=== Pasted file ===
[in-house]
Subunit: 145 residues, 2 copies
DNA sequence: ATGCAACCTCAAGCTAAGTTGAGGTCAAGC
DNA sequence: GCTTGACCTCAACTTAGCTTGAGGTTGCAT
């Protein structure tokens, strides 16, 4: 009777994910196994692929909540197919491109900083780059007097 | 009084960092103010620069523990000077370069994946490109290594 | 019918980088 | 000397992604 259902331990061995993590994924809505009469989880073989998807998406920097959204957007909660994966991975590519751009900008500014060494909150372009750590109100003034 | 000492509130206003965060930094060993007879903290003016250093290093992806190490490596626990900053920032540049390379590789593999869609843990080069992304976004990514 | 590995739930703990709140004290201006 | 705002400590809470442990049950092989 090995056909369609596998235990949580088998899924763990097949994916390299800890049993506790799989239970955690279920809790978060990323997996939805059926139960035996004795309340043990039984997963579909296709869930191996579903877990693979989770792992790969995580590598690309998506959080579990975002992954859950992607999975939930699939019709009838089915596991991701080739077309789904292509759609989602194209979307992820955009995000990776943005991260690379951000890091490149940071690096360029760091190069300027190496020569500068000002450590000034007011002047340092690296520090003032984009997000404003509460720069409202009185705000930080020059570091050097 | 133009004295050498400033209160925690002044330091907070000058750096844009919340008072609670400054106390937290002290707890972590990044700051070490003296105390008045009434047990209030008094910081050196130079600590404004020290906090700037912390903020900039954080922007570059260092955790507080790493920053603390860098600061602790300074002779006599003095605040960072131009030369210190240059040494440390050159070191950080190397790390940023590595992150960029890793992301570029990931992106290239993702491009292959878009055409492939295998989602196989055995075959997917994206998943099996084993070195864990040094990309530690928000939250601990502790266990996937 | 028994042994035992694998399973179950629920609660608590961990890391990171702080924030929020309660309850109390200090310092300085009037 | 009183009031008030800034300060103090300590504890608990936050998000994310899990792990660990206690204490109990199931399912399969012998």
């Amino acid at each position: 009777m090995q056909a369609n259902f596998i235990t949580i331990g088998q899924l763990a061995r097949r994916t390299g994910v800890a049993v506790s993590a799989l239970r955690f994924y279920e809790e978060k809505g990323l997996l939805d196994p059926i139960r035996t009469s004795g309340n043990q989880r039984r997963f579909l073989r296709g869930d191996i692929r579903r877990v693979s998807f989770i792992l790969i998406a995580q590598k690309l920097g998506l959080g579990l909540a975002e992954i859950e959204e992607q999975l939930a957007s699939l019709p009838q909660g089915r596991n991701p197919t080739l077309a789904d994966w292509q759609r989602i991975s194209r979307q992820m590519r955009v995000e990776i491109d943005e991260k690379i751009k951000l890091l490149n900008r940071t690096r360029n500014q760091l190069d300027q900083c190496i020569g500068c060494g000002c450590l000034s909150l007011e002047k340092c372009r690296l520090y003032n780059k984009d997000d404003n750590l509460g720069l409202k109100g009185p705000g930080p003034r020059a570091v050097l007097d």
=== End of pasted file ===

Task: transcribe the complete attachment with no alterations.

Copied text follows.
[in-house]
Subunit: 145 residues, 2 copies
DNA sequence: ATGCAACCTCAAGCTAAGTTGAGGTCAAGC
DNA sequence: GCTTGACCTCAACTTAGCTTGAGGTTGCAT
């Protein structure tokens, strides 16, 4: 009777994910196994692929909540197919491109900083780059007097 | 009084960092103010620069523990000077370069994946490109290594 | 019918980088 | 000397992604 259902331990061995993590994924809505009469989880073989998807998406920097959204957007909660994966991975590519751009900008500014060494909150372009750590109100003034 | 000492509130206003965060930094060993007879903290003016250093290093992806190490490596626990900053920032540049390379590789593999869609843990080069992304976004990514 | 590995739930703990709140004290201006 | 705002400590809470442990049950092989 090995056909369609596998235990949580088998899924763990097949994916390299800890049993506790799989239970955690279920809790978060990323997996939805059926139960035996004795309340043990039984997963579909296709869930191996579903877990693979989770792992790969995580590598690309998506959080579990975002992954859950992607999975939930699939019709009838089915596991991701080739077309789904292509759609989602194209979307992820955009995000990776943005991260690379951000890091490149940071690096360029760091190069300027190496020569500068000002450590000034007011002047340092690296520090003032984009997000404003509460720069409202009185705000930080020059570091050097 | 133009004295050498400033209160925690002044330091907070000058750096844009919340008072609670400054106390937290002290707890972590990044700051070490003296105390008045009434047990209030008094910081050196130079600590404004020290906090700037912390903020900039954080922007570059260092955790507080790493920053603390860098600061602790300074002779006599003095605040960072131009030369210190240059040494440390050159070191950080190397790390940023590595992150960029890793992301570029990931992106290239993702491009292959878009055409492939295998989602196989055995075959997917994206998943099996084993070195864990040094990309530690928000939250601990502790266990996937 | 028994042994035992694998399973179950629920609660608590961990890391990171702080924030929020309660309850109390200090310092300085009037 | 009183009031008030800034300060103090300590504890608990936050998000994310899990792990660990206690204490109990199931399912399969012998």
């Amino acid at each position: 009777m090995q056909a369609n259902f596998i235990t949580i331990g088998q899924l763990a061995r097949r994916t390299g994910v800890a049993v506790s993590a799989l239970r955690f994924y279920e809790e978060k809505g990323l997996l939805d196994p059926i139960r035996t009469s004795g309340n043990q989880r039984r997963f579909l073989r296709g869930d191996i692929r579903r877990v693979s998807f989770i792992l790969i998406a995580q590598k690309l920097g998506l959080g579990l909540a975002e992954i859950e959204e992607q999975l939930a957007s699939l019709p009838q909660g089915r596991n991701p197919t080739l077309a789904d994966w292509q759609r989602i991975s194209r979307q992820m590519r955009v995000e990776i491109d943005e991260k690379i751009k951000l890091l490149n900008r940071t690096r360029n500014q760091l190069d300027q900083c190496i020569g500068c060494g000002c450590l000034s909150l007011e002047k340092c372009r690296l520090y003032n780059k984009d997000d404003n750590l509460g720069l409202k109100g009185p705000g930080p003034r020059a570091v050097l007097d």